Can SMEs hold their own in the international arena?
by Ken Allen, CEO, DHL Express
Ken Allen: "SMEs may have to learn to compete in different ways and to make best use of all resources available to them in order to hold their own on the world stage."
There's an old boxing adage which says, "a good big one will always beat a good little one." The same statement might easily be applied to the prospects of smaller businesses going up against multinational or state-owned companies in the global marketplace.
Trading across borders can be a time-consuming, complex and risky business. Researching market opportunities, finding partners and distribution channels, negotiating licences and permits, navigating customs, establishing production and building a customer base in an overseas market usually require considerable financial firepower, resources and political connections, all factors that favour heavyweight businesses. Stepping into the international ring with them, entrepreneurs and small businesses are in for a gruelling fight with the odds stacked against them.
A research paper issued by the Economist Intelligence Unit (EIU), Breaking Borders, also paints a rather gloomy picture about the international trading environment for SMEs. The companies surveyed highlighted a large number of barriers standing in the way of their global expansion. Infrastructure problems, prohibitive costs of establishing operations and networks abroad, bureaucracy, corruption and political instability were all cited as reasons for not entering overseas markets. The risks posed by these barriers, in the eyes of many, outweigh the rewards of international business. Of those that were venturing abroad, the vast majority were doing so very tentatively, 84% of the respondents cited cultural factors and language as important to them, which would explain why most SMEs expand into markets similar to their own. Despite the opportunities offered by air travel, telecommunications networks and the internet, it looks like globalization is still principally being driven by the big players.
China remains the most attractive developing market
The EIU paper offers a mixed assessment of the world's growth markets.
The EIU paper also offers a mixed assessment of the world's growth markets. China remains the most attractive developing market for the majority of SMEs, mainly because of its enormous consumer base and the country's economic policies, which continue to support growth. There are reservations, however, about the appeal of Africa, with 40% of surveyed companies saying that they see no potential in the continent. This suggests that it is mainly multinationals and state-owned companies with extensive resources and deep pockets that are taking advantage of Africa's growth story.
At the same time, despite the doom and gloom, the paper still revealed a positive outlook. Most of the SMEs intend to generate over 50% of their revenue from outside their home market within 5 years. Part of the reason could be defensive: as globalization has taken hold and markets have opened up, competition has intensified for smaller businesses. Domestic economies in most markets have also slowed or stagnated, which has put their margins under pressure, shrunk their customer base and .tightened the screws on cash flow, This is forcing businesses to look abroad to grow (or in some cases, even survive). It's not just a question of defence, however. A 2013 study by IHS Global Insight and DHL revealed that small and medium enterprises that trade internationally are twice as successful as those who trade only within their home market.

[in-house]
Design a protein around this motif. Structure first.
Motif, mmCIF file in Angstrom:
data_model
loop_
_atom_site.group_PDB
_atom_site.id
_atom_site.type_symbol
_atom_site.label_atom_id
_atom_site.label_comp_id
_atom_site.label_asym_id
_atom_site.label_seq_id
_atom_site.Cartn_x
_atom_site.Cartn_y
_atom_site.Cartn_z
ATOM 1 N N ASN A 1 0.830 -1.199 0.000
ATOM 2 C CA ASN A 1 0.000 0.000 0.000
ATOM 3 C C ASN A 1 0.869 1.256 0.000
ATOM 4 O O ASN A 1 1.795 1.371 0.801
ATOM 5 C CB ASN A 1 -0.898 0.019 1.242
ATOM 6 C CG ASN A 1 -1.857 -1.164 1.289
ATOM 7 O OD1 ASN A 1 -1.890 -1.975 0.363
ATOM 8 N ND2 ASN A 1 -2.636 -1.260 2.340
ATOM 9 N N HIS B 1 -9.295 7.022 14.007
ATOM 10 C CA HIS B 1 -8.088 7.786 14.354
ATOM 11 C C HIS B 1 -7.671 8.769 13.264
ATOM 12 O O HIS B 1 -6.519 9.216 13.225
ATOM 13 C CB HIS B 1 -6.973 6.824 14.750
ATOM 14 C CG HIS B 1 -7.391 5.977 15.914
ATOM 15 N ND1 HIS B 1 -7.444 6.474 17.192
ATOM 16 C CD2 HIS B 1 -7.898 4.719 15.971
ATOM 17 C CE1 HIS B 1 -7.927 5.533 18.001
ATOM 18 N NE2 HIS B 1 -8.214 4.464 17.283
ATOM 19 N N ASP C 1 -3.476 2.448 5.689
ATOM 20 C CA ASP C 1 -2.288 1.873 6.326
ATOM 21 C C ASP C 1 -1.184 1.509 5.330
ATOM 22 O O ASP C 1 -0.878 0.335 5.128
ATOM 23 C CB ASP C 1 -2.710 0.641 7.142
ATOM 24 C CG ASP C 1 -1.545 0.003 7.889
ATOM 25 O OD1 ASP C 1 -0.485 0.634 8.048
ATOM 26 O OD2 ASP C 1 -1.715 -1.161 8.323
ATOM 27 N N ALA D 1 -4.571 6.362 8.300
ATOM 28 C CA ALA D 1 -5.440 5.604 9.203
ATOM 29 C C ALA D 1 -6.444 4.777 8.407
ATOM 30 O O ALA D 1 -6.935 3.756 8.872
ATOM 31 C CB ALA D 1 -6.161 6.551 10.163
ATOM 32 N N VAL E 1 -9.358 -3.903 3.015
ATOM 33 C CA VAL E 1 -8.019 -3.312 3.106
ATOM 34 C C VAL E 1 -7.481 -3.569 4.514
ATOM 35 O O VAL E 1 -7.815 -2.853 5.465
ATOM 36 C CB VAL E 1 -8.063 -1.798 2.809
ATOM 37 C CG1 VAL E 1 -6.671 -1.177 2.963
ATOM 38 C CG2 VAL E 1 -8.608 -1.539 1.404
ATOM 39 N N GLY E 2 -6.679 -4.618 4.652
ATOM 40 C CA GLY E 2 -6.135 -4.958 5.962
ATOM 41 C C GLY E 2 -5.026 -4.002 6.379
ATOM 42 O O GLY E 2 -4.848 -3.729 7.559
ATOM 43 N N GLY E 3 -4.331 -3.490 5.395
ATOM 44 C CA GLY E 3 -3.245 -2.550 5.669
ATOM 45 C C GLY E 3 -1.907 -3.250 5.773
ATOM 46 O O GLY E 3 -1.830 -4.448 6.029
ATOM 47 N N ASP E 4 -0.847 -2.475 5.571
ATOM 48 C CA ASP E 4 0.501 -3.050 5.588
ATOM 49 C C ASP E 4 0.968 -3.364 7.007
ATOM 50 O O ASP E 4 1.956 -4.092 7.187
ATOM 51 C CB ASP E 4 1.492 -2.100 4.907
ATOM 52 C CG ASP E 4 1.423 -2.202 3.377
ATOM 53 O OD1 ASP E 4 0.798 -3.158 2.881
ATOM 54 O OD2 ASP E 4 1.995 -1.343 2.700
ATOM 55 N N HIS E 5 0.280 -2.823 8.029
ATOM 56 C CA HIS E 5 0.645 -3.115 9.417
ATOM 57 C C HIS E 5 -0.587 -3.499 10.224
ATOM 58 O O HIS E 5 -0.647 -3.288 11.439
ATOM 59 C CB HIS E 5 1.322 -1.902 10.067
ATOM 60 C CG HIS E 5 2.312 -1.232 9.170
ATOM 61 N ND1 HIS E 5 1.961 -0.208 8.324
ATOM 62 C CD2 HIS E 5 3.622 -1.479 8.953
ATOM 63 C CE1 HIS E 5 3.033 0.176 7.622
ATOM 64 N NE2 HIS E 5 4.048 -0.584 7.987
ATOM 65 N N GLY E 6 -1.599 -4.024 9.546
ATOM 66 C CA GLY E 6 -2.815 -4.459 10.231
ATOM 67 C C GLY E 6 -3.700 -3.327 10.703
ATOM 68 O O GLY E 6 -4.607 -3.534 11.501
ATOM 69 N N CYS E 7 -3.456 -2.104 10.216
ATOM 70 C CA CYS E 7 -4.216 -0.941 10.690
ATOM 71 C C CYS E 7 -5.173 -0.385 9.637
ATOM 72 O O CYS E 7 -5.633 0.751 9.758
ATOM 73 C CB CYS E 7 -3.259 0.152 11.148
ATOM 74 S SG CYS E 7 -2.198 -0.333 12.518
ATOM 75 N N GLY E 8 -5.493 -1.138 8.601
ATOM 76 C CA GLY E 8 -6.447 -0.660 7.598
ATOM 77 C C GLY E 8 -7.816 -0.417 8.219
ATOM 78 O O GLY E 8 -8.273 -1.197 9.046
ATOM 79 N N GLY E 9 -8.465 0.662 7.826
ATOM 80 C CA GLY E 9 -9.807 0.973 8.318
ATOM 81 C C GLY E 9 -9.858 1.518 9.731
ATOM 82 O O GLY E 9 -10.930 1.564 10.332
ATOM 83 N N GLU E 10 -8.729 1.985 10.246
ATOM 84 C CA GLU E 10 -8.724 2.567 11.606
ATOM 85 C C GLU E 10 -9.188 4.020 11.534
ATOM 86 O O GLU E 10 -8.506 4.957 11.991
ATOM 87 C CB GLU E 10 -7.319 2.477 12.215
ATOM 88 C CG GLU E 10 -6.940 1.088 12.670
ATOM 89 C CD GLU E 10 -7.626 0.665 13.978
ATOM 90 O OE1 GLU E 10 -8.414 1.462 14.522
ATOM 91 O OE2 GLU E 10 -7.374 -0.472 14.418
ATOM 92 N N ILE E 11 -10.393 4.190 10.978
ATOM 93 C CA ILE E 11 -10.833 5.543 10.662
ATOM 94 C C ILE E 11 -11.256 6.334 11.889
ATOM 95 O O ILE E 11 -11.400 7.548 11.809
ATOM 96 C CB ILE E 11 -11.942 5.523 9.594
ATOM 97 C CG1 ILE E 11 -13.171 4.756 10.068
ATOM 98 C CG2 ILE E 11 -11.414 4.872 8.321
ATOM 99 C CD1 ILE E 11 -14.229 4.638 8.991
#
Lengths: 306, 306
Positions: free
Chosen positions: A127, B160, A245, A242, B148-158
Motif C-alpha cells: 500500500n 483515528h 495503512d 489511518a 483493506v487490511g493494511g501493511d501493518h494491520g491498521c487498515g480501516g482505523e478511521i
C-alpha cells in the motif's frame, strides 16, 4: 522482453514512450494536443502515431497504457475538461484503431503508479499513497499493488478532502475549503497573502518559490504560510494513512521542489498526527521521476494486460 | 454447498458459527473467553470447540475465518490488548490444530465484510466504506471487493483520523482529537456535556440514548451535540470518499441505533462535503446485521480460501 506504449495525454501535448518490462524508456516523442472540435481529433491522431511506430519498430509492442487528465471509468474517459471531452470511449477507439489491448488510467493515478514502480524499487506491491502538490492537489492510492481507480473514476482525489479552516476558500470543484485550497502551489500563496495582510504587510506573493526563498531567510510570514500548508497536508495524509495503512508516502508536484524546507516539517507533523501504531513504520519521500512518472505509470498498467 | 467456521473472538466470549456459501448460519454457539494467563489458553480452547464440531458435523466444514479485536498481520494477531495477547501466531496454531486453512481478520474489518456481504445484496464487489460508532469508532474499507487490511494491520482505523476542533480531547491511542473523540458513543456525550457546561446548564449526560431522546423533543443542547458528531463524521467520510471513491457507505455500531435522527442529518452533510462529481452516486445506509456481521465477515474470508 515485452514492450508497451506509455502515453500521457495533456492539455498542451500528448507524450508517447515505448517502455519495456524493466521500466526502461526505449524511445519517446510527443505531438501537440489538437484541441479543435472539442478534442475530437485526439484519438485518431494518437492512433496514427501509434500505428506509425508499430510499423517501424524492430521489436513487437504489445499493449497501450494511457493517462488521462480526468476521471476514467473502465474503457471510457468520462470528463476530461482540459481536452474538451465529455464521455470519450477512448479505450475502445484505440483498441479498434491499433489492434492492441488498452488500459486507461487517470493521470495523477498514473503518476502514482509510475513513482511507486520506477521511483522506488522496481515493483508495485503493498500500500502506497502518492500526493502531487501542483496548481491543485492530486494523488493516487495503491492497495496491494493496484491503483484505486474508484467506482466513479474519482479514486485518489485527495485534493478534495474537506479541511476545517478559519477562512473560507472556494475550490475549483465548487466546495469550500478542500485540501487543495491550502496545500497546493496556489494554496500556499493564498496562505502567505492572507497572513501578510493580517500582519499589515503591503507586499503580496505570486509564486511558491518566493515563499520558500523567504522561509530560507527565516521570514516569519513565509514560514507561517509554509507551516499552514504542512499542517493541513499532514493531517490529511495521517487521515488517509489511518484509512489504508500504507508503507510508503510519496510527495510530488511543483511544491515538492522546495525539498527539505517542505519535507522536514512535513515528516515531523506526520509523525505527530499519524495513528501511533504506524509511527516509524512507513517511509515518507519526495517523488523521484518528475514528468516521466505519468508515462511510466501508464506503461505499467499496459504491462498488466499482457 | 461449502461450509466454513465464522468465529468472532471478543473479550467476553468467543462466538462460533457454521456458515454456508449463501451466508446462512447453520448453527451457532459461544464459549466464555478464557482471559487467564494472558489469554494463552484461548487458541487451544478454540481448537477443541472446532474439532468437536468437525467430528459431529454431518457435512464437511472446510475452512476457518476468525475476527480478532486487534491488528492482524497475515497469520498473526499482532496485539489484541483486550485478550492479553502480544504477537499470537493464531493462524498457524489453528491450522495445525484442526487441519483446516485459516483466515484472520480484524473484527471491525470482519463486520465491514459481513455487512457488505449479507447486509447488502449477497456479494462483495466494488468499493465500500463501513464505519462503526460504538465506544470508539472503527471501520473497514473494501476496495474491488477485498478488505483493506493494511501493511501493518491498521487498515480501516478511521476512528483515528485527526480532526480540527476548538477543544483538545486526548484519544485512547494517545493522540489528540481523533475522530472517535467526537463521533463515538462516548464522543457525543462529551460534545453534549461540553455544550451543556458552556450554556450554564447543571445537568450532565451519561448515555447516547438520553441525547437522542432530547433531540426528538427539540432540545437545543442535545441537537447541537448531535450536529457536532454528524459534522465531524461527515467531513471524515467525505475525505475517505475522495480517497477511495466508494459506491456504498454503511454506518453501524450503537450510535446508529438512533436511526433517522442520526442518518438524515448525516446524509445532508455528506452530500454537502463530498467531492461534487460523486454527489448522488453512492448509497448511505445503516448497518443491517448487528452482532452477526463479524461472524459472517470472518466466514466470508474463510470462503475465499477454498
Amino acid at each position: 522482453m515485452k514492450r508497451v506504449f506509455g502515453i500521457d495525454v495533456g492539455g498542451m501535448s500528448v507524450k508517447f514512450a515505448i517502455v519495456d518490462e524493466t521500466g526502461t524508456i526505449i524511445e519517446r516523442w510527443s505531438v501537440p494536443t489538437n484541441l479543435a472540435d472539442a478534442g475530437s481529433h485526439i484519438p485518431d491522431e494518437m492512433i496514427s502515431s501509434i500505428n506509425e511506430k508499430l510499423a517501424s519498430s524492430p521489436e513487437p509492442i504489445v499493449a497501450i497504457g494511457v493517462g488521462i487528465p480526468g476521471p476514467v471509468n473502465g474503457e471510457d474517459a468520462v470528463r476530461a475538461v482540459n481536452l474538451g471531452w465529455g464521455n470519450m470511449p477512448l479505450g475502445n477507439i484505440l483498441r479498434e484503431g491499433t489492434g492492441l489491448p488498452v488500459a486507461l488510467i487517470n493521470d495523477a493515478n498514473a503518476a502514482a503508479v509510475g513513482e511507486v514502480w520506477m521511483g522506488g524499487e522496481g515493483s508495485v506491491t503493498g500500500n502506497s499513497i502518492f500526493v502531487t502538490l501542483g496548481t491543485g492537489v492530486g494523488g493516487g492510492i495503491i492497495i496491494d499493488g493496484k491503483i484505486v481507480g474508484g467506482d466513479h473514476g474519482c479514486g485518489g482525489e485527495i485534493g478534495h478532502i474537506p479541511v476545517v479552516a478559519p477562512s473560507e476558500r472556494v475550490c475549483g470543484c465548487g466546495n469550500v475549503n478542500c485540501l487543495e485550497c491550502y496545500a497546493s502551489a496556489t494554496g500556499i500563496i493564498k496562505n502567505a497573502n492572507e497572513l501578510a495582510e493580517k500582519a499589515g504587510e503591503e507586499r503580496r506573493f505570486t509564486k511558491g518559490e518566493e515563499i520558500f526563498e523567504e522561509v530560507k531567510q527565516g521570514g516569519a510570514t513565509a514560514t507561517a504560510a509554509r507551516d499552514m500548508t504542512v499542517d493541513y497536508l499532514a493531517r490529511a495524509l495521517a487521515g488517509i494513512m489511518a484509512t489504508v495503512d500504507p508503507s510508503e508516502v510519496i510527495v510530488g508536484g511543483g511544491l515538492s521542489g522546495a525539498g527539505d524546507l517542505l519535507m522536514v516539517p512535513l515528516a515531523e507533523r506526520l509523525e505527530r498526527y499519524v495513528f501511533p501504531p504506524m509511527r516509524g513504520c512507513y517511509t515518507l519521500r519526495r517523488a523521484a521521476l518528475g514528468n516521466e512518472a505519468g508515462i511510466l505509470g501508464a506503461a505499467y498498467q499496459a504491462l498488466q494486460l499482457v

So how can SMEs go global without the financial "muscle" and manpower of bigger companies? Breaking Borders reveals that it takes resourcefulness, partnerships, a robust supply chain and the ability to make your size work in your favour. One UK-based SME, BuffaloGrid, for example, is embracing the fact that much of Africa is still relatively untapped to gain a 'first mover' advantage in the region. It has found an innovative way of getting its solar powered mobile phone chargers to market without the need for massive investment by piggybacking on a retail network of coffee shops.
DHL was a brash, upstart small business once. Thanks to an aggressive international expansion in the 1970s and 1980s and a similar 'first mover' philosophy, we have grown into one of the world's most international companies. That was a different time, and we're a very different (and heavyweight) company today, but we still have a keen eye for the opportunities of international trade. For any small business doubting their ability to tap into Africa's growth story, for example, we would say that the challenges are indeed there, but, as the experiences of BuffaloGrid and many of our customers who are trading successfully with the region show, they are by no means insurmountable.
SMEs may have to learn to compete in different ways and to make best use of all resources available to them in order to hold their own on the world stage. However, with good planning, a well-designed supply chain, a clear understanding of their competitive strengths and the right mindset, even the most lightweight of businesses can outperform the global heavyweights.